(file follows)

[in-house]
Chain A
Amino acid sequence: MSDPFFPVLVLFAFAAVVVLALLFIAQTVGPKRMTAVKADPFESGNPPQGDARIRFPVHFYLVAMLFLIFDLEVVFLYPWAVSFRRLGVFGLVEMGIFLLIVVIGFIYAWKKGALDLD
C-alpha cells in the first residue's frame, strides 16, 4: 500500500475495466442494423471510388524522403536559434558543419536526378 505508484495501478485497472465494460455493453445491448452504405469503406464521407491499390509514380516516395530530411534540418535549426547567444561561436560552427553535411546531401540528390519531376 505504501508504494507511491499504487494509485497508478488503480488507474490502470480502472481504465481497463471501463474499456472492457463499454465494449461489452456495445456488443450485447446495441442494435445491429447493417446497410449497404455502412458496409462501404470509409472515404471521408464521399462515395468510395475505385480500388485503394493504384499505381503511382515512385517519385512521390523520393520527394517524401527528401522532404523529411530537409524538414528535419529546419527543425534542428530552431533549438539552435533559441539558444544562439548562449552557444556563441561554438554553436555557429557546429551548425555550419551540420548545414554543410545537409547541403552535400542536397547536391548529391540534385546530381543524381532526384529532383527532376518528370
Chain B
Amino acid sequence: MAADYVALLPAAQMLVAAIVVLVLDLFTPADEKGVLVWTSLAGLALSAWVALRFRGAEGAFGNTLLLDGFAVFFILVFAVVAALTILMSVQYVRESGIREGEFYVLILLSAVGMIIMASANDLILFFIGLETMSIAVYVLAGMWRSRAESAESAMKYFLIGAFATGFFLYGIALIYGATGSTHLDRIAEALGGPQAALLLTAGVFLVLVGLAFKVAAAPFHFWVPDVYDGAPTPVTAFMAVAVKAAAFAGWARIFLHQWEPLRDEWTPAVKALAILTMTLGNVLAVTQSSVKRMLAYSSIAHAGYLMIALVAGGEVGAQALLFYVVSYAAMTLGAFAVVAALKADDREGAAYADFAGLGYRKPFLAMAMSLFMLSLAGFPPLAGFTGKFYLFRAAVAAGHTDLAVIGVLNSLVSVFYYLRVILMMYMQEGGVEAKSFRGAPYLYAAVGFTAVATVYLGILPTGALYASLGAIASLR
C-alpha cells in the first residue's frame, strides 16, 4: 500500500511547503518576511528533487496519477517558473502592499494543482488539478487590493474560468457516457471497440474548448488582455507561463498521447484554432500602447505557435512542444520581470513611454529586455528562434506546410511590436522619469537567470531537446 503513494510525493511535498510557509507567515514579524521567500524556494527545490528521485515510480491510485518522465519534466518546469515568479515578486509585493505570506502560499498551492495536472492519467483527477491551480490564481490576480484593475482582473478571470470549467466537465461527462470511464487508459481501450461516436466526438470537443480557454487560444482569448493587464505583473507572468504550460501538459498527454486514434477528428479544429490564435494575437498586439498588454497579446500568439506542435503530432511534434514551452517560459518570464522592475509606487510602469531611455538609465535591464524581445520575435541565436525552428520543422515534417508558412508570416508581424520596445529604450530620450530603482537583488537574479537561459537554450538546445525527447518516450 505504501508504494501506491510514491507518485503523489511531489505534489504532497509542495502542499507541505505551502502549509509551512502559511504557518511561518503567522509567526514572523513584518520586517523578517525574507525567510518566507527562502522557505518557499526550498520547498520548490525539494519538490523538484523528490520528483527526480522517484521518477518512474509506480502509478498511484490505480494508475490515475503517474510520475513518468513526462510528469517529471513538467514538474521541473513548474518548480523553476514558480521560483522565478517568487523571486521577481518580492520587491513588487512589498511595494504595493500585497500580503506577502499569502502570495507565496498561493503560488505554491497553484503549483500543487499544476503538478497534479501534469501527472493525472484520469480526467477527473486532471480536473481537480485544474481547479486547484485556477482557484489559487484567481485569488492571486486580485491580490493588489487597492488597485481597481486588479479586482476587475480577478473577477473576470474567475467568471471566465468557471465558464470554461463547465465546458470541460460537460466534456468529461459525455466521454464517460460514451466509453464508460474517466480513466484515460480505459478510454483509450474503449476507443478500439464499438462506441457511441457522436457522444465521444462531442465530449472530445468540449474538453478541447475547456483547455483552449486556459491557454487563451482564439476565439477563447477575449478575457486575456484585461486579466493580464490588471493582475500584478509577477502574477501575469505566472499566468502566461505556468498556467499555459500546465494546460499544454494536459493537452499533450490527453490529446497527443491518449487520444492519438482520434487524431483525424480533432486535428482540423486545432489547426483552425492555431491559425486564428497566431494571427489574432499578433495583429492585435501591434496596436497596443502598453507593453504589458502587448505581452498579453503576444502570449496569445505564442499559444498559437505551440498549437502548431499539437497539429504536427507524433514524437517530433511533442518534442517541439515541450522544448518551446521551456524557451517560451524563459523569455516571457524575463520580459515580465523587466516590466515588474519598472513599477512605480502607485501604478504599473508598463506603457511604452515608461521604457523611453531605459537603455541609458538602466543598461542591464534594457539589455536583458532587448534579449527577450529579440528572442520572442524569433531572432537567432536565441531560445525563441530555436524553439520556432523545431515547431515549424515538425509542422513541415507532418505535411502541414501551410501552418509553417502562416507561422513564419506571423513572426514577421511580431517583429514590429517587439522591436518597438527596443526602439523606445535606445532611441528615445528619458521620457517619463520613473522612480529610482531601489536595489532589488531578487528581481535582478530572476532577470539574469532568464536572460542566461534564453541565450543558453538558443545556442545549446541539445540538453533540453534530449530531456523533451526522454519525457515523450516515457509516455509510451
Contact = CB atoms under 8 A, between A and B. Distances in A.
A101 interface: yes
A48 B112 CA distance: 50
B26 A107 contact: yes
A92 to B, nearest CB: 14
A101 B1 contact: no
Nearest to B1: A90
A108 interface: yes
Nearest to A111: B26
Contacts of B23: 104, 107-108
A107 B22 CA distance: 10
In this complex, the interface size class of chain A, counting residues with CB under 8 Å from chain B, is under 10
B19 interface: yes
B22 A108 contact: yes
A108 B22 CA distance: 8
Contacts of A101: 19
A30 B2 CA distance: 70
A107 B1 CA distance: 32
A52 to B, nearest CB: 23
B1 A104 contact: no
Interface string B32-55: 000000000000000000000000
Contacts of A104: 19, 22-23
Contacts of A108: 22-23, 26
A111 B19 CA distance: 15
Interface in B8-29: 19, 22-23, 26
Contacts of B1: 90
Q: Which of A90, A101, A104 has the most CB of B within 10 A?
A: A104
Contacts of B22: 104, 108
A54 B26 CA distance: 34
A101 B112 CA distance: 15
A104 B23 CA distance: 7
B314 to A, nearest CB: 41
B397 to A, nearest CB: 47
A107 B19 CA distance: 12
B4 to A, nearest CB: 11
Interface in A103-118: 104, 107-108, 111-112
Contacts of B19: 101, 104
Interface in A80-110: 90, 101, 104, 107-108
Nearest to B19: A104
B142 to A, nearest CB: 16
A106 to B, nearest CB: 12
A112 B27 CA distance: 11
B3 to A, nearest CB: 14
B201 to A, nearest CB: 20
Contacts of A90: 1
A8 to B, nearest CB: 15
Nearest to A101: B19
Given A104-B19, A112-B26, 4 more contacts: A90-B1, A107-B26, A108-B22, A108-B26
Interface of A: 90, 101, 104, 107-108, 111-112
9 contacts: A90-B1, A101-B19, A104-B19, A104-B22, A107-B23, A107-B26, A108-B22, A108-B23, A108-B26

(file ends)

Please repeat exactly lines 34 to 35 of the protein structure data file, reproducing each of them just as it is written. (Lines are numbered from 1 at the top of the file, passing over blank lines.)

Q: Which of A90, A101, A104 has the most CB of B within 10 A?
A: A104